Scientists at the University of Warwick have developed a more powerful method of analyzing chemical mixtures, which can assign 244,779 molecular compositions within a single sample of petroleum, according to the university. With almost a quarter-million individual compositions assigned within a non-distillable fraction of crude oil, the new method developed by the Barrow Group within the Department of Chemistry and detailed in a paper for the journal Chemical Science, paves the way for analysis of challenging samples across different fields. Assigning the compositions of molecules in a complex mixture is valuable tool for a number of industries, where determining the elemental composition of those molecules can provide valuable data for research, determine the mixture’s viability such as in the petrochemical industry or even ‘fingerprint’ a complex mixture such as oil or environmental samples.
The researchers developed a new method called operation at constant ultrahigh resolution (OCULAR) that combines experimental and data processing techniques and allows them to characterize the most complex sample they have ever worked on. Using Fourier transform ion cyclotron resonance mass spectrometry (FT-ICR MS), the researchers analyzed a sample of heavy petroleum in solution. The molecules in the sample were then ionized, excited and detected to determine the mass-to-charge ratios using a solariX (Bruker Daltonics) FT-ICR mass spectrometer. The ultrahigh resolving power and mass accuracy of FT-ICR MS allows the scientists to determine the elemental compositions within even the most complex samples with a high degree of confidence.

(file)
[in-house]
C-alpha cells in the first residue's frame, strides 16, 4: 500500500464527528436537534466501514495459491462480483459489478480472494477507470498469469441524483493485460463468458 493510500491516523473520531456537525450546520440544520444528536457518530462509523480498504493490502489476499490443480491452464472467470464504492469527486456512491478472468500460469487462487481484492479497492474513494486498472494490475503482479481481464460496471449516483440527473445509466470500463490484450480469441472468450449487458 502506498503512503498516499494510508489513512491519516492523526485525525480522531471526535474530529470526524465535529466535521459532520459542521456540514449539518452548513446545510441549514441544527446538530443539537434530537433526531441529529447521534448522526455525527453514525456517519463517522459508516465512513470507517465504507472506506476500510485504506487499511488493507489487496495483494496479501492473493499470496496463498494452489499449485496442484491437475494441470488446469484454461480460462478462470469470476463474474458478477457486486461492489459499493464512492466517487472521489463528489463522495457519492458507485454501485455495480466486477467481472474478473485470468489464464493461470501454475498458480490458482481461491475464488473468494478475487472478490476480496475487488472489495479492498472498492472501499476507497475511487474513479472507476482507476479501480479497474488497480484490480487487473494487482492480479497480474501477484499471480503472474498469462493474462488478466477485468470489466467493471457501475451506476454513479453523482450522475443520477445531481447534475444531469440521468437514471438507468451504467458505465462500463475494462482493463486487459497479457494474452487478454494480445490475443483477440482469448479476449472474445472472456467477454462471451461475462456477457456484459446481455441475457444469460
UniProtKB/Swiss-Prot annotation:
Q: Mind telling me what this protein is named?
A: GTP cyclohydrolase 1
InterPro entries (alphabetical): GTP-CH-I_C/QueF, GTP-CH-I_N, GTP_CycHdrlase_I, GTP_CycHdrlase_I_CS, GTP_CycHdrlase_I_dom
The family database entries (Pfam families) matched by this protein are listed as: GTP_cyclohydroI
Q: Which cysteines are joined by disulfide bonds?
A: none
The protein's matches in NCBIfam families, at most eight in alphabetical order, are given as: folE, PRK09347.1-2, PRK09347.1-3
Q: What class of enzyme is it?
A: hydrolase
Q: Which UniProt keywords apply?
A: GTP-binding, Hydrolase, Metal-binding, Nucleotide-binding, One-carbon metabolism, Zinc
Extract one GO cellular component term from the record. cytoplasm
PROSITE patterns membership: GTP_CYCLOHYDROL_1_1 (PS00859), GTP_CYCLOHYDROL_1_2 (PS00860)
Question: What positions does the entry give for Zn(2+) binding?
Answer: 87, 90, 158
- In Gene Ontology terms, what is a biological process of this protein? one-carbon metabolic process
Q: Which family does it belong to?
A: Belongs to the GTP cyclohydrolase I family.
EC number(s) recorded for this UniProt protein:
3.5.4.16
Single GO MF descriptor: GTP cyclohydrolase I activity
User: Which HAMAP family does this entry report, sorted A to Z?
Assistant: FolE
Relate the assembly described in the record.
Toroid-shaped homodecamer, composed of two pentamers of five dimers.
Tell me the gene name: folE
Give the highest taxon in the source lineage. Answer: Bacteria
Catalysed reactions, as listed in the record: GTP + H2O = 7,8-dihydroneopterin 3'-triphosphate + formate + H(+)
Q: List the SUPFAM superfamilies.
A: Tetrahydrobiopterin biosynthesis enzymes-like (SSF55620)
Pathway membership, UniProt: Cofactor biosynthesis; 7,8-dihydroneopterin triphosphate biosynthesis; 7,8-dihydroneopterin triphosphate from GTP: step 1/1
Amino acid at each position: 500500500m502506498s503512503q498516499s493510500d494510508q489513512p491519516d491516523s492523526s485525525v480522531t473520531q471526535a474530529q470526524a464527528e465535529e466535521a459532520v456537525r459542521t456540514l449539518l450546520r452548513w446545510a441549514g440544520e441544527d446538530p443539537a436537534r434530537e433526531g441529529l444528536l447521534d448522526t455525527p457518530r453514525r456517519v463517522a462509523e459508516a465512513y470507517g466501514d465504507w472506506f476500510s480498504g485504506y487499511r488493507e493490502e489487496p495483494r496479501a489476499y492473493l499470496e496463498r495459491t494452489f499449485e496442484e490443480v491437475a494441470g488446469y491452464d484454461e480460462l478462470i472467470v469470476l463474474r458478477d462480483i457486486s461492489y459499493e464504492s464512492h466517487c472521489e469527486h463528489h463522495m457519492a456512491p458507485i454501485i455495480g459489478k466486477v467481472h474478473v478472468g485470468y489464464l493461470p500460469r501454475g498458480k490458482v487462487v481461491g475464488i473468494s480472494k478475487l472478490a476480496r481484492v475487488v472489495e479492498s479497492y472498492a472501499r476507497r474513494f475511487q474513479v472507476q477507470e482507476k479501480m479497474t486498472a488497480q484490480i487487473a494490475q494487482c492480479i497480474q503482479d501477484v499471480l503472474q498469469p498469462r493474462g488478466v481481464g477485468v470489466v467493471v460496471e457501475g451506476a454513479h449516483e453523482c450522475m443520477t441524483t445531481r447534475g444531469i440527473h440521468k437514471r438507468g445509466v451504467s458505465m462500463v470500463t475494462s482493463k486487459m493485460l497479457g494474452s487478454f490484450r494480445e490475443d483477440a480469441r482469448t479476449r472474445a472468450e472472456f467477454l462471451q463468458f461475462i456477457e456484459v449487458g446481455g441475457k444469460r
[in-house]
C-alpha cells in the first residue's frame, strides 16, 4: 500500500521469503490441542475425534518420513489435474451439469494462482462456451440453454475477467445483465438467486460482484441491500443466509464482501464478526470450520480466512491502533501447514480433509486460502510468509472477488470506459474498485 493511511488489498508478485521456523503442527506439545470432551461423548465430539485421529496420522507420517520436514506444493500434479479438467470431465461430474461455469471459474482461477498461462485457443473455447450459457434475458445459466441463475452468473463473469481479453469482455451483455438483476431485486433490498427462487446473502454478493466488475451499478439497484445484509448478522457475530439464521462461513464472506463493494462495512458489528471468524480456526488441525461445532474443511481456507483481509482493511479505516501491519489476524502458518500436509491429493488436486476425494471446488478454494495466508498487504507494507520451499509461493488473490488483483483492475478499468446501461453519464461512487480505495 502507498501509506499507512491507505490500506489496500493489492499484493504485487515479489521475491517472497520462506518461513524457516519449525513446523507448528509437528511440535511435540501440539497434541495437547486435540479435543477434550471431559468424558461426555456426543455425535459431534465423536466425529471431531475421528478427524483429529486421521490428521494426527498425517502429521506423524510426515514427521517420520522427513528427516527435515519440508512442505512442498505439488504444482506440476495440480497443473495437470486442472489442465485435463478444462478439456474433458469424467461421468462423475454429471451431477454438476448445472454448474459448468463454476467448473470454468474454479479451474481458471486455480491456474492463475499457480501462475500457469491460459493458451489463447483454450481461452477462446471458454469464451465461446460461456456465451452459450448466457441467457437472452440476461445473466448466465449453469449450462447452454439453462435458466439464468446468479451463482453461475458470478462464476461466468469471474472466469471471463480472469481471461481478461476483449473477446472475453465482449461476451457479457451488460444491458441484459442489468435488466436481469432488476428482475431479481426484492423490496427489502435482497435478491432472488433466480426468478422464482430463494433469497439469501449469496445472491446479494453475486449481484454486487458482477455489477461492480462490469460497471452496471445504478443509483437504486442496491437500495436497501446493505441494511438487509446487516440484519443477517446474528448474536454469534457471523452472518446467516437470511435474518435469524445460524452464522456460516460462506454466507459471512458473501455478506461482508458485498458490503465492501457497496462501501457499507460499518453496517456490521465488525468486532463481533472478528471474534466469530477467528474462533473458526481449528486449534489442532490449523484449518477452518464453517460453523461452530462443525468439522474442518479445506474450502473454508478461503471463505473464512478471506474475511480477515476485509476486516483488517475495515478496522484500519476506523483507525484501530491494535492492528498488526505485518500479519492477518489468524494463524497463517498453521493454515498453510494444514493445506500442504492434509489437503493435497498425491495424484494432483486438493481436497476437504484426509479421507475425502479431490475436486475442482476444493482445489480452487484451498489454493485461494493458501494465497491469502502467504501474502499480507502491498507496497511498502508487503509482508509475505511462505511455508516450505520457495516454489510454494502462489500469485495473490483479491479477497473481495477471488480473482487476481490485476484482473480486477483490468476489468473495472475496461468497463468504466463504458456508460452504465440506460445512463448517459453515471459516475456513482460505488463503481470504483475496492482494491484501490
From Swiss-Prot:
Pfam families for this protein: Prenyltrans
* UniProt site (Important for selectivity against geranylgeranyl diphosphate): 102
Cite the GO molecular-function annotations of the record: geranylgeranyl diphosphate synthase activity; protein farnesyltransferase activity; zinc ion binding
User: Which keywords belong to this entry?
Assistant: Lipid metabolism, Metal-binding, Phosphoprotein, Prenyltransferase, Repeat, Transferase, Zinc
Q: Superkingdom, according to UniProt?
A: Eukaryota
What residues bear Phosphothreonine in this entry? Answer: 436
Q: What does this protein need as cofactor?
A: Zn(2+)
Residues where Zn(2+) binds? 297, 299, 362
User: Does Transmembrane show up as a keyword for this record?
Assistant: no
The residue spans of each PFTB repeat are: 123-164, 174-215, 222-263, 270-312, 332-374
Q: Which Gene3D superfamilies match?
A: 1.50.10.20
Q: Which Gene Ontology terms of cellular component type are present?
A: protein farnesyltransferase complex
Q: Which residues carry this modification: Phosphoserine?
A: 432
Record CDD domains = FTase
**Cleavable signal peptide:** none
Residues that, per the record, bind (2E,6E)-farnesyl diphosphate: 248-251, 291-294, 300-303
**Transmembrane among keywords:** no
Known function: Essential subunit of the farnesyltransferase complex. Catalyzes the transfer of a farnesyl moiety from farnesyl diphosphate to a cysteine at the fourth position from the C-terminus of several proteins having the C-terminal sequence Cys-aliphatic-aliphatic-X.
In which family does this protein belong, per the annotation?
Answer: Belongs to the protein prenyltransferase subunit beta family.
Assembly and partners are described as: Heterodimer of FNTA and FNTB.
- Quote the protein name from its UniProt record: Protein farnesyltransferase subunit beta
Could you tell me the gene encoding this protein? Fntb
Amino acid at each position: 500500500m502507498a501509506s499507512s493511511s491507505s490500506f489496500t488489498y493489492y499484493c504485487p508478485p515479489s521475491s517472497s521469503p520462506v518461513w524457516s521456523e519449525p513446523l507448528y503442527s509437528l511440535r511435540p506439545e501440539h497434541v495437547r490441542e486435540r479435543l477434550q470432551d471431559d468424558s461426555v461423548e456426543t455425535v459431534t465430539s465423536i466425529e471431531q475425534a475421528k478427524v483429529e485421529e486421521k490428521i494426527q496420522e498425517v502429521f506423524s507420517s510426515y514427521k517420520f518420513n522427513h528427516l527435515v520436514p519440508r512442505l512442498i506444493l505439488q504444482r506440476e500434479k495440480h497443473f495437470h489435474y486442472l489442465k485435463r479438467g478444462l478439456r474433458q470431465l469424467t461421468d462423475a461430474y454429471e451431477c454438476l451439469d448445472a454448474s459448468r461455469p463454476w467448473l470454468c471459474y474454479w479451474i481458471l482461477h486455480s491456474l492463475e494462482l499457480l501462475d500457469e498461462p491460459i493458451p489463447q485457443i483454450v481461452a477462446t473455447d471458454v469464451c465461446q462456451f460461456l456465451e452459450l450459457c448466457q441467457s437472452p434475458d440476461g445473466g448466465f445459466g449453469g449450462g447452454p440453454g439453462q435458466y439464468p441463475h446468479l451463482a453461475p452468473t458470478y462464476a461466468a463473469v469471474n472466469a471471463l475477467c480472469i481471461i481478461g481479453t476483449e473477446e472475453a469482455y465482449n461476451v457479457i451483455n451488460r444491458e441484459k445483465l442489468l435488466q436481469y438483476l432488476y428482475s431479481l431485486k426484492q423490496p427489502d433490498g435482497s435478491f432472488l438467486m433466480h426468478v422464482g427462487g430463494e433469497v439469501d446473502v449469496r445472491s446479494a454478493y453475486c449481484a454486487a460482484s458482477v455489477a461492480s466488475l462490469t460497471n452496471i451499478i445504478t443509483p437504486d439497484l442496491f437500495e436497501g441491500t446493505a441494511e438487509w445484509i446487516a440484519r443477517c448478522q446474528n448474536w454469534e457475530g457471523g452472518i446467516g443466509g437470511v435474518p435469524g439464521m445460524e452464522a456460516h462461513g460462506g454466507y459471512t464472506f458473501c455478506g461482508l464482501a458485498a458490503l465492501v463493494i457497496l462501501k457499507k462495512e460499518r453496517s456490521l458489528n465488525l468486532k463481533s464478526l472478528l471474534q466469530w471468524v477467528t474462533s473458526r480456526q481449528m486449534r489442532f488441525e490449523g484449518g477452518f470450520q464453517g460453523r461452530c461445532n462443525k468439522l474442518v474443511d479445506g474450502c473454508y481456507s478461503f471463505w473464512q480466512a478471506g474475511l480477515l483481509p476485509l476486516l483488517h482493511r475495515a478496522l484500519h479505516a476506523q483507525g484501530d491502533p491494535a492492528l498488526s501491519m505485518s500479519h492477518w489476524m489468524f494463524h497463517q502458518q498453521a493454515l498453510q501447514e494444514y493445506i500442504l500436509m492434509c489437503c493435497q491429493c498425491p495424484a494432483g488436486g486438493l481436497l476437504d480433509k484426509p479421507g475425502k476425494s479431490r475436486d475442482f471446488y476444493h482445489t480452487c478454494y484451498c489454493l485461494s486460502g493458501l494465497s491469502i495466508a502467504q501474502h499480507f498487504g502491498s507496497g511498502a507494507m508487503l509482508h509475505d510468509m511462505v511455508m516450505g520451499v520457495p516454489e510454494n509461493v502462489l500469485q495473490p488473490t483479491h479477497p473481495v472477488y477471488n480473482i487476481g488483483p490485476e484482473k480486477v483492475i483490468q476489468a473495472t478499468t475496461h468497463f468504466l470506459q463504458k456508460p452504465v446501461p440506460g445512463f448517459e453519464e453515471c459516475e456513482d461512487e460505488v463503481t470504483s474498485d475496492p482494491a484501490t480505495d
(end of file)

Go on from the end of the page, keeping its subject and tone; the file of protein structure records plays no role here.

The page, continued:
Traditional analysis performed with a variety of Fourier transform mass spectrometers (FTMS) offers decreasing resolving power and confidence in assignments of the elemental compositions at higher m/z when studying a broad m/z range. In the new OCULAR method, ions are analyzed using smaller data segments based upon their mass, where the experiment is designed in a way to ensure almost constant resolving power across the full mass range analyzed.
The technique can be used for any analysis of a complex mixture and has potential applications in areas such energy (e.g. petroleum and biofuels), life sciences and healthcare (e.g. proteomics, cancer research and metabolomics), materials (e.g. polymers) and environmental analysis, including being used to “fingerprint” oil spills by their molecular composition.
For more information, visit: www.warwick.ac.uk